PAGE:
Learning a new skill takes time and digital skills are no different. Embedding digital inclusion support into your service can help. It can foster and build confidence through your trusted relationship.
Three key actions
- Keep digital support frequent, informal and flexible
- Prioritise online safety
- Don’t reinvent the wheel. Utilise opportunities and resources already available.
“We have trialled methods including drop ins, structured sessions and 1:1 sessions. Anything that is viewed as “teaching” or classroom based hasn’t worked for us. However, the brief intervention model where we support with a specific issue – from accessing UC journal to how to play Candy Crush has worked.”Debs Allan, Project Coordinator, Linstone Housing Association
Build digital skills support into everyday interactions
You can help people to build digital skills with regular one-off interactions. For example, a user asks you what time your office is open or pops in to drop off a form. You could show them your website and how they can find or submit information online. Talk often about the benefits to being online with enthusiasm and patience. It will help to build their confidence and motivation.
Understand that it is part of a journey
You should not expect instant impact. Getting someone online may not happen right away. Suggest and show different online options often. It will help to contribute to their curiosity and knowledge of the digital world.
Find the ‘hook’
Find out what matters to people. It will be what motivates them to improve their digital skills.
The ‘hook’ will vary for different people. The best way to find the hook is to listen. When you understand a person’s interests and needs you will be able to find the hook. It could be supporting their hobbies, managing their finances, accessing key services or connecting with friends. It will be easier to engage someone and maintain that engagement longer-term.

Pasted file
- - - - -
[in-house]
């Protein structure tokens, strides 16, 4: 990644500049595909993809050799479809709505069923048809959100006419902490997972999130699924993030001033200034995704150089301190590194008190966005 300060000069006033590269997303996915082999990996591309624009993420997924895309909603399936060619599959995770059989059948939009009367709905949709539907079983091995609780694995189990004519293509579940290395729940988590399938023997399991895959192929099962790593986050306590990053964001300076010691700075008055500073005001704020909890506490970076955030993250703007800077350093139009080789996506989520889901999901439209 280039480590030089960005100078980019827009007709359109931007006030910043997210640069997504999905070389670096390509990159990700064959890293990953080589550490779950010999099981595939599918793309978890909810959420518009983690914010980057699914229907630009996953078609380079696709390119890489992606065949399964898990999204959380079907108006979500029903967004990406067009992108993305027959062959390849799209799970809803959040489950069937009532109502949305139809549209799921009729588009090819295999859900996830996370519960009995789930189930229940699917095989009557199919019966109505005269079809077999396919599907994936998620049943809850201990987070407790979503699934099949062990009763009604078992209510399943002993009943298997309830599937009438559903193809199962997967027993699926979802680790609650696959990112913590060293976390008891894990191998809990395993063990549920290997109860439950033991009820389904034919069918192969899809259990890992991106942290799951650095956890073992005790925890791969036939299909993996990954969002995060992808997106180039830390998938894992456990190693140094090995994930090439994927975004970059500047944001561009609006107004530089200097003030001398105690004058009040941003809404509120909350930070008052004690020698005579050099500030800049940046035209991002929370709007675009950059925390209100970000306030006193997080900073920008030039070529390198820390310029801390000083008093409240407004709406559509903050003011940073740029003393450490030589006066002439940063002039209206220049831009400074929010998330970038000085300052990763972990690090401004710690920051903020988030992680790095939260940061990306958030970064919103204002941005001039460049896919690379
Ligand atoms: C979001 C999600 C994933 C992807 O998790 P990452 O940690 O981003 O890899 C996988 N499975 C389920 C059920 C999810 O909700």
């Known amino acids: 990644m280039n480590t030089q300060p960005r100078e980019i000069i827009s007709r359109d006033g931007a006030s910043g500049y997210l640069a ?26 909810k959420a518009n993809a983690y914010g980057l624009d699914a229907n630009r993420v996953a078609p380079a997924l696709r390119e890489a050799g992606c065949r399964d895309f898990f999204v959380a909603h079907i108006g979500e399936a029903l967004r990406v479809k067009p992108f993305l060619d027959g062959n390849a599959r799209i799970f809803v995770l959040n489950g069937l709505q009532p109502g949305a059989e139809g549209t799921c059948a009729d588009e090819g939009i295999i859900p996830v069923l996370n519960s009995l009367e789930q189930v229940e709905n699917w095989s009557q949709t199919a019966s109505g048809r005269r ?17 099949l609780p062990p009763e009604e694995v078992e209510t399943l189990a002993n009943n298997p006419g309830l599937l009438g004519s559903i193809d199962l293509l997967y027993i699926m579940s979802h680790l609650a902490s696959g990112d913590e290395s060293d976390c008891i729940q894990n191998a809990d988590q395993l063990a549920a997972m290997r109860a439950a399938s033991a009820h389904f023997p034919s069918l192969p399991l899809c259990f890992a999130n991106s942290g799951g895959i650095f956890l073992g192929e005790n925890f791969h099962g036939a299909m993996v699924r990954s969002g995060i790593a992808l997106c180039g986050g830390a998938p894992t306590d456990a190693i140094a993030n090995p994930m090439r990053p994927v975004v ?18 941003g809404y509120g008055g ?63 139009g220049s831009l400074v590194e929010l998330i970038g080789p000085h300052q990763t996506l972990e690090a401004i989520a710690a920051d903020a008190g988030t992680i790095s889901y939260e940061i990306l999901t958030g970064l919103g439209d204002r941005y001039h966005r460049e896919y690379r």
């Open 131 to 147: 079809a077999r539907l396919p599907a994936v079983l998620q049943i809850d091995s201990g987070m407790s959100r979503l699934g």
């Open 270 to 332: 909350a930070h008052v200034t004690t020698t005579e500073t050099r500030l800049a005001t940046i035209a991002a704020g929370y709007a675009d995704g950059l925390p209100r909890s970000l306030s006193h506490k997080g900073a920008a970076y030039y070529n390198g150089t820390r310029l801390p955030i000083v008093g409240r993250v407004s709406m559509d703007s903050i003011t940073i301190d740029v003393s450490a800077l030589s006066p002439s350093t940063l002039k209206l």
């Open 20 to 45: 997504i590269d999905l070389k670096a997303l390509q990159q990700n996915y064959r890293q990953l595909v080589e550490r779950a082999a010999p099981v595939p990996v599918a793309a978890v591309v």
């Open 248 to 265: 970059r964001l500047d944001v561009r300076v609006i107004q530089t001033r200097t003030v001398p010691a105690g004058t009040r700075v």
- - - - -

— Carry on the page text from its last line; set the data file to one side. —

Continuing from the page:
Keep it frequent, informal and flexible
You will need to tailor your delivery approach to user needs. You might look to run a topical workshop, one-to-one tailored support, informal drop-ins or a mix.
Workshop style or 1-2-1 sessions are suitable for goal-orientated upskilling. For example, help to seek employment, access Universal Credit or reduce household bills.
Informal learning sessions are suitable for general upskilling. For example, helping older people to navigate devices based on personal interests.
You should run sessions, or engage often, to ensure momentum for learning continues. This could be weekly or a couple of times a week.
It is important to remain flexible and adapt your delivery approach to meet user’s needs.
Don’t re-invent the wheel
You can access lots of good practice and free resources to help with your digital inclusion work. Particularly if you support a specific group of people like older people, younger people or people with mental health issues.
Use these resources to learn from and adapt them for what you need. This will allow you to focus your time on delivering skills support.
Prioritise online safety
Online safety is one of the biggest fears people have about getting online. This is the reason why ‘being safe, legal and confident online’ is an essential digital skill. You should acknowledge these legitimate fears someone you’re supporting may have. Help them to be aware and build knowledge so they can manage this.
Comparing how we stay safe in the real world is one way to help. For example, you wouldn’t leave your door unlocked so you wouldn’t leave your device unlocked. Build on this to help them to understand the importance of online safety. You should include sessions about passwords, privacy settings, identifying secure websites and recognising suspicious links.
Don’t forget accessibility requirements
You will need to consider any extra factors that might impact someone to gain digital skills.
You may need to help them adjust their device due to a visual, hearing or dexterity impairment. Most devices have good built-in accessibility features such as increasing the font size, adjusting the touch settings or changing the screen colour. You can help to personalise a device to make it more suitable for each user’s needs.
You will also need to consider how to best support people where English is not their first language or have numeracy or literacy needs.
These may often be someone’s ‘hook’ for using digital by wanting to learn or get the most from their device.
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